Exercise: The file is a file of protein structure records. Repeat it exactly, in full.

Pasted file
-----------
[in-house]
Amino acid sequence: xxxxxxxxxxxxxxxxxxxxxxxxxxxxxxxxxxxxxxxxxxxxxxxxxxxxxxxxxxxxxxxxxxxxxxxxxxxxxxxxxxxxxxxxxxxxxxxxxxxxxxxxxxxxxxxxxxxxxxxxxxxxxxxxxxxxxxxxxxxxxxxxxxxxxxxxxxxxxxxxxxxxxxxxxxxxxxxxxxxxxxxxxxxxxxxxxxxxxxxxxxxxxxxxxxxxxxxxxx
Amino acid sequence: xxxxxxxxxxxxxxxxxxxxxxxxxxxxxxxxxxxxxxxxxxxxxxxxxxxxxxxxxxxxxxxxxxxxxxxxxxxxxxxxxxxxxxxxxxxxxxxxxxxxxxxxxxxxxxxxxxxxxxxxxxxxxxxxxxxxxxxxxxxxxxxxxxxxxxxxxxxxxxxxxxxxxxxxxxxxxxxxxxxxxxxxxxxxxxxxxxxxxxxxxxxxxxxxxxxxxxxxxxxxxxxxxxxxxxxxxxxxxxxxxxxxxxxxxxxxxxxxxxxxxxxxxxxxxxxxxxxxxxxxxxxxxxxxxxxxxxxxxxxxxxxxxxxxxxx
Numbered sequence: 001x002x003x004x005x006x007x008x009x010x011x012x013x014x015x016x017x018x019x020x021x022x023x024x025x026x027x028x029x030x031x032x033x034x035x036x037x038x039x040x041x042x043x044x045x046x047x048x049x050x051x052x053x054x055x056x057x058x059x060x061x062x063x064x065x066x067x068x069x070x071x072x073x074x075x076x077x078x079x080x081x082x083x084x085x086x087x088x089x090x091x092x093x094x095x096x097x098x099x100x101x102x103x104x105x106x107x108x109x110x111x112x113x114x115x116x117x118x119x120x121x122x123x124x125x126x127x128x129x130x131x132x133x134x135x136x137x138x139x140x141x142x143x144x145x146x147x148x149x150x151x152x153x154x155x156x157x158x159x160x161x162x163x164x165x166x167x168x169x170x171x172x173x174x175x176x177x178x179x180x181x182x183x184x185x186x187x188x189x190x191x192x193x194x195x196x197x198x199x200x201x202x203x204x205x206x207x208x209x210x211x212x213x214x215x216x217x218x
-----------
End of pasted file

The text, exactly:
[in-house]
Amino acid sequence: xxxxxxxxxxxxxxxxxxxxxxxxxxxxxxxxxxxxxxxxxxxxxxxxxxxxxxxxxxxxxxxxxxxxxxxxxxxxxxxxxxxxxxxxxxxxxxxxxxxxxxxxxxxxxxxxxxxxxxxxxxxxxxxxxxxxxxxxxxxxxxxxxxxxxxxxxxxxxxxxxxxxxxxxxxxxxxxxxxxxxxxxxxxxxxxxxxxxxxxxxxxxxxxxxxxxxxxxxx
Amino acid sequence: xxxxxxxxxxxxxxxxxxxxxxxxxxxxxxxxxxxxxxxxxxxxxxxxxxxxxxxxxxxxxxxxxxxxxxxxxxxxxxxxxxxxxxxxxxxxxxxxxxxxxxxxxxxxxxxxxxxxxxxxxxxxxxxxxxxxxxxxxxxxxxxxxxxxxxxxxxxxxxxxxxxxxxxxxxxxxxxxxxxxxxxxxxxxxxxxxxxxxxxxxxxxxxxxxxxxxxxxxxxxxxxxxxxxxxxxxxxxxxxxxxxxxxxxxxxxxxxxxxxxxxxxxxxxxxxxxxxxxxxxxxxxxxxxxxxxxxxxxxxxxxxxxxxxxxx
Numbered sequence: 001x002x003x004x005x006x007x008x009x010x011x012x013x014x015x016x017x018x019x020x021x022x023x024x025x026x027x028x029x030x031x032x033x034x035x036x037x038x039x040x041x042x043x044x045x046x047x048x049x050x051x052x053x054x055x056x057x058x059x060x061x062x063x064x065x066x067x068x069x070x071x072x073x074x075x076x077x078x079x080x081x082x083x084x085x086x087x088x089x090x091x092x093x094x095x096x097x098x099x100x101x102x103x104x105x106x107x108x109x110x111x112x113x114x115x116x117x118x119x120x121x122x123x124x125x126x127x128x129x130x131x132x133x134x135x136x137x138x139x140x141x142x143x144x145x146x147x148x149x150x151x152x153x154x155x156x157x158x159x160x161x162x163x164x165x166x167x168x169x170x171x172x173x174x175x176x177x178x179x180x181x182x183x184x185x186x187x188x189x190x191x192x193x194x195x196x197x198x199x200x201x202x203x204x205x206x207x208x209x210x211x212x213x214x215x216x217x218x